A roll across a gnocchi paddle (or the back of a fork) and then a brief tour in boiling, salted water (just until they float) followed. Transfer floaters to an oiled, rimmed baking sheet and continue until you have boiled them all (try to resist the urge to cook them all at once, as this can get dodgy). Once all the gnocchi have been boiled, melt some butter, let it get golden brown and nutty, then drop in some whole sage leaves and the boiled gnocchi. Wiggle that pan around furiously so the gnocchi don't bond to its surface and so they get fully coated with delicious browned butter. Eat these while they are hot, topped with more Parmesan and, if you have some lying around, maybe some braised chard? Or sauteed spinach? Or fried pancetta or bacon crumbles?

Tuesday, August 26, 2008

This cake won't change the world, but it might make you feel better

We're just coming off of a long weekend of parties, finding ourselves facing a very busy week with not quite enough rest under our belts, and all of a sudden it seems like there is an awful lot looking for our attention. Beneath my feet, two dogs (ours and a spare we're sitting on for the week) wrestle around; on the table, a stack of unopened mail and unread magazines towers. And for some reason, in spite of the bright blue sky outside and the secure knowledge that things are really quite good, I find myself a little bit down today.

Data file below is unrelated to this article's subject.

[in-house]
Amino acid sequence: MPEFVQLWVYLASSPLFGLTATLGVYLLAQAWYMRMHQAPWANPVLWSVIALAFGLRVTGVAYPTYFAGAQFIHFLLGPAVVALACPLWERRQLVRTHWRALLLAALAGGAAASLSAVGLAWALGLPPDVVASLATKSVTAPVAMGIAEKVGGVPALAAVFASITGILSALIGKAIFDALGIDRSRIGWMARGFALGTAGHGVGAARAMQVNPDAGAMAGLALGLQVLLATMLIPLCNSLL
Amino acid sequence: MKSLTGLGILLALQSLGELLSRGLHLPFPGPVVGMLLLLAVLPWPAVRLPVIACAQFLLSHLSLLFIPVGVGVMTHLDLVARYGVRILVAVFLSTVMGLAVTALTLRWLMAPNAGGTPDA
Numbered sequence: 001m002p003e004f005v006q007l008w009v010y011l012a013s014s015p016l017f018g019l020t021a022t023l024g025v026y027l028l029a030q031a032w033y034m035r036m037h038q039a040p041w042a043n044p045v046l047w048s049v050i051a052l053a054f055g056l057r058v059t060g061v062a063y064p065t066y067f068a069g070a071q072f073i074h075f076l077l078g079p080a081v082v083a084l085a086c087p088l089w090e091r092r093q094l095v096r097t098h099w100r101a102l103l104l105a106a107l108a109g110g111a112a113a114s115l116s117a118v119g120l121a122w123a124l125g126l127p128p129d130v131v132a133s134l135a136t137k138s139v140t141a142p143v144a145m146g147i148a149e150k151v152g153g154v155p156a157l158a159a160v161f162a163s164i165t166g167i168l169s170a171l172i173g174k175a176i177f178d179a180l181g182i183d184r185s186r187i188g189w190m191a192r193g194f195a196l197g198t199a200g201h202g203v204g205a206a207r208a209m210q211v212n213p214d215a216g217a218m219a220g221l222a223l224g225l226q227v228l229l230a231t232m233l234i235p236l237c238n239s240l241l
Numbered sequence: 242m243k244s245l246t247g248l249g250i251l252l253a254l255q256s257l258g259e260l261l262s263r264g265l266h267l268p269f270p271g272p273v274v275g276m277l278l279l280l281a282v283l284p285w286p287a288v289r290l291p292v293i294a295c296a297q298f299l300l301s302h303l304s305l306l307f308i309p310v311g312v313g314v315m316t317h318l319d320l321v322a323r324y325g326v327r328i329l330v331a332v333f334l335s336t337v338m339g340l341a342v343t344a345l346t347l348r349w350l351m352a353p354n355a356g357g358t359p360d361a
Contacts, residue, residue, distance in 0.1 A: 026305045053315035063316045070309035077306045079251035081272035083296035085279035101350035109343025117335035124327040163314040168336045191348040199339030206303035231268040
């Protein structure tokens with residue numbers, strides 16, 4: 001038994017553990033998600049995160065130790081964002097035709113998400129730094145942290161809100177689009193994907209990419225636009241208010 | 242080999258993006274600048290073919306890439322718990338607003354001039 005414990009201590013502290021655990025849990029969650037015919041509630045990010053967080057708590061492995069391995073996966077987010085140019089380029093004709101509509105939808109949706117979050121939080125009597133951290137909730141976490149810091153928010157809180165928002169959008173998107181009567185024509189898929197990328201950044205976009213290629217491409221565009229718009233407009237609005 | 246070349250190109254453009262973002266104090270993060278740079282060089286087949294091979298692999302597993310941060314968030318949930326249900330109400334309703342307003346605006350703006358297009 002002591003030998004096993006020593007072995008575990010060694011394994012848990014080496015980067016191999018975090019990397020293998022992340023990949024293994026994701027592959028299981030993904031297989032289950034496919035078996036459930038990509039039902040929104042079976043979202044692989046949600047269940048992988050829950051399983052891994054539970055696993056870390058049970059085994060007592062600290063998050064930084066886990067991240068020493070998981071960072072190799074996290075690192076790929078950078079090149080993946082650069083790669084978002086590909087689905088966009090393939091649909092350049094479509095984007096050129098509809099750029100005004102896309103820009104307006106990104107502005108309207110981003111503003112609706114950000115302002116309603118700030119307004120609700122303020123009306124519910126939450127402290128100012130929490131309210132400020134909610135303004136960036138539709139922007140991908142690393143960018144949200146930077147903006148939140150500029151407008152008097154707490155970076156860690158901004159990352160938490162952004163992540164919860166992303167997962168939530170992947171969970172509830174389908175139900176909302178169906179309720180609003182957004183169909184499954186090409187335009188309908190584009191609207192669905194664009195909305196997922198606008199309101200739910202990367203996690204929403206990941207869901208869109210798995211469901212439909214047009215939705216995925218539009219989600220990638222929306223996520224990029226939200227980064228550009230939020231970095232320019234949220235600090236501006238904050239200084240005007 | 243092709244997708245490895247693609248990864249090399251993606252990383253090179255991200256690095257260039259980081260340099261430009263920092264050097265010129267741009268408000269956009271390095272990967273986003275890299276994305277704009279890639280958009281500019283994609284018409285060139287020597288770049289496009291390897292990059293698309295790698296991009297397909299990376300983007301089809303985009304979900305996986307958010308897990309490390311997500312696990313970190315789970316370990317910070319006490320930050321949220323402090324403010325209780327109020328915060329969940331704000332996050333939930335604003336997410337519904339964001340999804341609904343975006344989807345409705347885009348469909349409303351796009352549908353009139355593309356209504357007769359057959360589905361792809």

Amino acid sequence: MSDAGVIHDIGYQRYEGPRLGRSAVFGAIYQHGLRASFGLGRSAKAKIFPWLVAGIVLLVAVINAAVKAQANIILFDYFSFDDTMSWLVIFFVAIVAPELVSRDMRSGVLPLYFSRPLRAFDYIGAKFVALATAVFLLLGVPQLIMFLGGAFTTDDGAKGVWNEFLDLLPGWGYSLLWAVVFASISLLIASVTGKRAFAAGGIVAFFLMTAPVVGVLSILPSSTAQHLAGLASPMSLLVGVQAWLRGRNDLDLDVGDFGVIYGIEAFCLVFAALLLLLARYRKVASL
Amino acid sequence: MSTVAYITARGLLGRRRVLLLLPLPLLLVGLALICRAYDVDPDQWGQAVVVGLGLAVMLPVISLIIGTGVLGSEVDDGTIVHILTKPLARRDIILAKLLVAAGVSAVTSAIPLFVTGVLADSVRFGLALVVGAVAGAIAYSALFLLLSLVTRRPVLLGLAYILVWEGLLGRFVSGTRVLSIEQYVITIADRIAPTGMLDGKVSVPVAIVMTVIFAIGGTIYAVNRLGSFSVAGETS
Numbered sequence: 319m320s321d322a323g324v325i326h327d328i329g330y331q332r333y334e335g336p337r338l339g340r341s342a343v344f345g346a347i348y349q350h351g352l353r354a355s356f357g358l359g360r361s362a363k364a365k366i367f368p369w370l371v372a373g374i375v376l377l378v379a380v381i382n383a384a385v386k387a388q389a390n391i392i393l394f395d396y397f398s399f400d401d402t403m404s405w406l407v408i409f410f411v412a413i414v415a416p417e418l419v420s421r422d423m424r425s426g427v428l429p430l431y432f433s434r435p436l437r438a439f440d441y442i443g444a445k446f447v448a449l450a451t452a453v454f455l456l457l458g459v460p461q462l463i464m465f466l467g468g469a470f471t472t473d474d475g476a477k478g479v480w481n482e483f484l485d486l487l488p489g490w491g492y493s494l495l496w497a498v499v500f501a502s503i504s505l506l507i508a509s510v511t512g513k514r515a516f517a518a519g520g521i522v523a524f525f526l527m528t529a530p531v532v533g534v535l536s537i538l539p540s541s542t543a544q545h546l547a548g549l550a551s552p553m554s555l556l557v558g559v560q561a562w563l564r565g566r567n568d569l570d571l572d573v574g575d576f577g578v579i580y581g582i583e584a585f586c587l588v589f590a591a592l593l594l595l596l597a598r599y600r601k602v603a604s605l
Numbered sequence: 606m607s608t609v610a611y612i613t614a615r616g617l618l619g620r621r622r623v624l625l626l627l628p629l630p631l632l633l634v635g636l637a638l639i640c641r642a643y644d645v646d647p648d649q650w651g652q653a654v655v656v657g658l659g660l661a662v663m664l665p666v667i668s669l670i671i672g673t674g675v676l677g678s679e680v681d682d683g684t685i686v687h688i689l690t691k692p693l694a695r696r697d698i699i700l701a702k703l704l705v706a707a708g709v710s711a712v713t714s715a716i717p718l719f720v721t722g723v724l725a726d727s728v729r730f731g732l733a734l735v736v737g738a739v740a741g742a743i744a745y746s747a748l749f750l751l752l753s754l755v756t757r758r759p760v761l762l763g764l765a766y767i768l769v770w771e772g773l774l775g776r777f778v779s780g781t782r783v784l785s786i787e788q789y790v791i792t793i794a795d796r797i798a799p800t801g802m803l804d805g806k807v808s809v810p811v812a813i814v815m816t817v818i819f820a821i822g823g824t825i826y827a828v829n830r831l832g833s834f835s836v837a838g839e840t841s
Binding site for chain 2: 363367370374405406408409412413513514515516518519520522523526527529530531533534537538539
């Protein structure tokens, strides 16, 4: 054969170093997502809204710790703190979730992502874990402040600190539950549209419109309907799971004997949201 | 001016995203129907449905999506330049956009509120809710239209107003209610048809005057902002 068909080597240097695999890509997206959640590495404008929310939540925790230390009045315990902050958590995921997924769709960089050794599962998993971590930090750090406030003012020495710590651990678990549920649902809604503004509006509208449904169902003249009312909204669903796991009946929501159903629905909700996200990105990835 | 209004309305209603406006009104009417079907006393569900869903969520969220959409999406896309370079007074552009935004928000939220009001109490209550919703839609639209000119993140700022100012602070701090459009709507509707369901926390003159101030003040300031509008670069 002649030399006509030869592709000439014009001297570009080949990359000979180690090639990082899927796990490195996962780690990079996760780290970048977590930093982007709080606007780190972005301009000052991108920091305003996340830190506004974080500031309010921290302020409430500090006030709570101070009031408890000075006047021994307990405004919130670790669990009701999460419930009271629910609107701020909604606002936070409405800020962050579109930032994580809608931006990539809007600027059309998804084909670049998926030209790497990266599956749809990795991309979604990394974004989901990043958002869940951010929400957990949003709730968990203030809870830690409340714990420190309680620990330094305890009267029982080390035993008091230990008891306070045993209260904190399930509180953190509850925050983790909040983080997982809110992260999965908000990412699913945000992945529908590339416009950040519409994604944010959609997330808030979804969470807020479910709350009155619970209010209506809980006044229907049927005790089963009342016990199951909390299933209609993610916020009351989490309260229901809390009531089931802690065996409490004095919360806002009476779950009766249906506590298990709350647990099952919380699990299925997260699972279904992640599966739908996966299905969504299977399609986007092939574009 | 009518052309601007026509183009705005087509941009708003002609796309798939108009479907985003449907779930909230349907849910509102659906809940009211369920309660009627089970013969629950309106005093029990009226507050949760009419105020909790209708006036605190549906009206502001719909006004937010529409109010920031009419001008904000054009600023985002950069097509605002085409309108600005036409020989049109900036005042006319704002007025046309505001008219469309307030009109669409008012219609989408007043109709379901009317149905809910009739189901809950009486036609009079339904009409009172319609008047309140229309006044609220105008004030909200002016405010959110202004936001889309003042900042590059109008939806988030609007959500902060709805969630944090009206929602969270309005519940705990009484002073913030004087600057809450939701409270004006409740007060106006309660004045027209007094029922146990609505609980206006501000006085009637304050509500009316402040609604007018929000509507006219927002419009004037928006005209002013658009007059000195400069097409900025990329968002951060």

In order to combat that, I'll tell you about the party we went to on Sunday night. It was a big collection of friends from various restaurants, gathering together to fire up the pizza oven that will be installed at the Slow Food Nation bread pavilion this weekend. And fire it up they did, filling it with pizzas and ratatouille, with slow-roasted goat and crispy potatoes and wild salmon and wax beans and peaches and...well, you get the idea. A whole mess of food. The whole event was held in a metal-work studio a couple blocks from our house, and had the lovely bohemian quality that makes this part of the world so great. Somehow 80 people were fed from that oven, the wine didn't run out, the place didn't catch fire, and a feeling of wellness and plenty rolled over the crowd like a wave. It's too bad you can't bottle that feeling.